We have now reached the conclusion that the admissibility of these tables is subject to two well-recognized principles: (1) Where there is already sufficient evidence before the jury from which, without the aid of the tables, it can properly decide the probable duration of the life in question, the trial judge may exercise his sound discretion, as in the case of any matter of cumulative evidence, and decline to admit the tables on the ground of lack of necessity. (2) Where under the facts of a particular case, the admission of the tables would tend to do more harm than good (if, for instance, the plaintiff did not enjoy normally good health before the accident, or is following a particularly hazardous occupation, or there is no reasonable probability of the financially harmful effects of the injury lasting till the end of plaintiff's life), the trial judge, in the exercise of a sound discretion, may bar them, just as he may refuse any other evidence which will tend to confuse or mislead the jury.
Shippen Robbins's Appeal, 80 Pa. 391, 396; Steinbrunner v. Pittsburgh, etc., Ry. Co., 146 Pa. 504, 515.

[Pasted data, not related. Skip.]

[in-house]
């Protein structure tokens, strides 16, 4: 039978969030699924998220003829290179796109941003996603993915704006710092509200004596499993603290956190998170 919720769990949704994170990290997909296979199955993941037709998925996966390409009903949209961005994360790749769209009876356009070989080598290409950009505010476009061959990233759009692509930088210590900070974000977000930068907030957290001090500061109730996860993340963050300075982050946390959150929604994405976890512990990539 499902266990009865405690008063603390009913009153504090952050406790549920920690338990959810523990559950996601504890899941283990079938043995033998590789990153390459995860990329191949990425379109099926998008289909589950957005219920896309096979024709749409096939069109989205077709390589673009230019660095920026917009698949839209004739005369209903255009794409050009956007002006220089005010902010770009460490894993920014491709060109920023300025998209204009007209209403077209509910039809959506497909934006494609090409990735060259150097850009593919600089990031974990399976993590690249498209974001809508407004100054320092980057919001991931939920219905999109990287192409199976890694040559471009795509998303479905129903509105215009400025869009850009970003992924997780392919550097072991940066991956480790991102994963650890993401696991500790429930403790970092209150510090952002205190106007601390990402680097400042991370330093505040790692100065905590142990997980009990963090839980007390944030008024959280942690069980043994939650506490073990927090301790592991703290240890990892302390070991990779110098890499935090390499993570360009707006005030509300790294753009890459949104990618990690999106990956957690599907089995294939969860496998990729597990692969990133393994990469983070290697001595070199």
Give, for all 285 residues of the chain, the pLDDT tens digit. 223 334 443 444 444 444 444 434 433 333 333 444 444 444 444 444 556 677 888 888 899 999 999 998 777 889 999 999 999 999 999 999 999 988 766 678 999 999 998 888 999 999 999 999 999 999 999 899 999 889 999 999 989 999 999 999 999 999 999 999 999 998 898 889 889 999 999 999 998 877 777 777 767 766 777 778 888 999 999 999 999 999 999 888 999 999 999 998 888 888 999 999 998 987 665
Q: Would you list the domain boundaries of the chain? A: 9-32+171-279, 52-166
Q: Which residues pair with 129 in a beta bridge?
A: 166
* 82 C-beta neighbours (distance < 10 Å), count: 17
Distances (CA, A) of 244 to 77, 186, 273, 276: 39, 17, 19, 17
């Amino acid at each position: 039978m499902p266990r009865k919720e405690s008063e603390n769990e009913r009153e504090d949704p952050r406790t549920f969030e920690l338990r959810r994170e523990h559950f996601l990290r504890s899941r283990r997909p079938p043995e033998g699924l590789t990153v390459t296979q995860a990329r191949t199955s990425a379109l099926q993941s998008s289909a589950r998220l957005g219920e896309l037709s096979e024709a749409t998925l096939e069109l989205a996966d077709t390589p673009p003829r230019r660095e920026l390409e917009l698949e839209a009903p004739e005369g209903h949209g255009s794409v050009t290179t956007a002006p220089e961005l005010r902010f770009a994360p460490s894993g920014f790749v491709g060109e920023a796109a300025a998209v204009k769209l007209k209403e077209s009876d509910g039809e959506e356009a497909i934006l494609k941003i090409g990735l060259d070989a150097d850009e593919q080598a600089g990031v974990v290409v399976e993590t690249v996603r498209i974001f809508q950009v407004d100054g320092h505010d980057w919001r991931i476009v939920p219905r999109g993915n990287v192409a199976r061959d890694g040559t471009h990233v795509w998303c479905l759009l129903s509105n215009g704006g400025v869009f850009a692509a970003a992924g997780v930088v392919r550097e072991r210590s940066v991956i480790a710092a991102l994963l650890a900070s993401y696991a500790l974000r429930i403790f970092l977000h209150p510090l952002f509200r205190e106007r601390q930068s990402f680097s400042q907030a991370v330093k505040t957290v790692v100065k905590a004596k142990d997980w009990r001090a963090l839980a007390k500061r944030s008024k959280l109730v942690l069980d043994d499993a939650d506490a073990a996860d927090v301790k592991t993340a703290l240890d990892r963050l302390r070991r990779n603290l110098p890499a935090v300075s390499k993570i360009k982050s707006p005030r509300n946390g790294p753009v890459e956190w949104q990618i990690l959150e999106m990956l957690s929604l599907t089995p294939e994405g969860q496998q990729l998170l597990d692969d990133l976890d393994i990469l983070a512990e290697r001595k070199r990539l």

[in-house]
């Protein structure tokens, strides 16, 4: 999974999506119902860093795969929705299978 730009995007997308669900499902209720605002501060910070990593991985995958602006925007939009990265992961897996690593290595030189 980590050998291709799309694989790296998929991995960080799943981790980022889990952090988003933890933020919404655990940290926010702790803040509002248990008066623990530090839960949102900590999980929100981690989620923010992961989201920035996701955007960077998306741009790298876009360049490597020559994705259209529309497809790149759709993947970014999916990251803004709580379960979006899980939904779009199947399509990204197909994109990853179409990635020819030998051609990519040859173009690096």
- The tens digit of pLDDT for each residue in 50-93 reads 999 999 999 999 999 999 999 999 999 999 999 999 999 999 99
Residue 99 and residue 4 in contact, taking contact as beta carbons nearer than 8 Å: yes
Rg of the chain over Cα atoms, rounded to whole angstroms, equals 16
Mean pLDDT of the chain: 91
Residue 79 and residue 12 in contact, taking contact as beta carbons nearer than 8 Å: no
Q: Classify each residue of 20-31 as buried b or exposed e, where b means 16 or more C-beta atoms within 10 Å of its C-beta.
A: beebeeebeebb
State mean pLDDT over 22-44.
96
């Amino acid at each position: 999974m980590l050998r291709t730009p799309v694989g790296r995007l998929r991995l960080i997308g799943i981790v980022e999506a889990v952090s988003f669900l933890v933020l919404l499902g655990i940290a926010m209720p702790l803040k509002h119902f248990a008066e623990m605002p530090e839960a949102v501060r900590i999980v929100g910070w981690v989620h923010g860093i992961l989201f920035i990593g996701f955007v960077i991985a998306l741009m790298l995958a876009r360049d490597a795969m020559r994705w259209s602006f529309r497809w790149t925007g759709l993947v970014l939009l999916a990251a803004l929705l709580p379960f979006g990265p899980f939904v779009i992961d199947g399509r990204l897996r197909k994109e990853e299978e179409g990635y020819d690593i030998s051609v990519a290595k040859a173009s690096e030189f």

The fourth point stated in the first paragraph of this opinion now requires consideration. Plaintiff's business pursuit was that of an adjuster for an employers' liability insurance company. The injury to his shoulder left his right arm in such bad condition that his hand "cramped" after he wrote "steadily for three or four minutes," and this made him give up his calling. Defendant produced expert medical testimony that "practically 100 per cent of dislocations have adhesions" which might cause the condition of which plaintiff complained, and that, when "passive-motion" treatment was not sufficient to overcome these adhesions, it was usual to break them forcibly, with the patient under an anæsthetic; that this treatment was resorted to in "practically every case," and, though causing the patient to suffer increased pain for a few weeks, it restored the affected part to normal "in the majority of cases." This doctor testified that, in his professional opinion, plaintiff's case was the ordinary one of dislocation of the shoulder, and that, under the usual treatment, as described by him, "at least 70 per cent" of such cases recovered normal use of the affected member.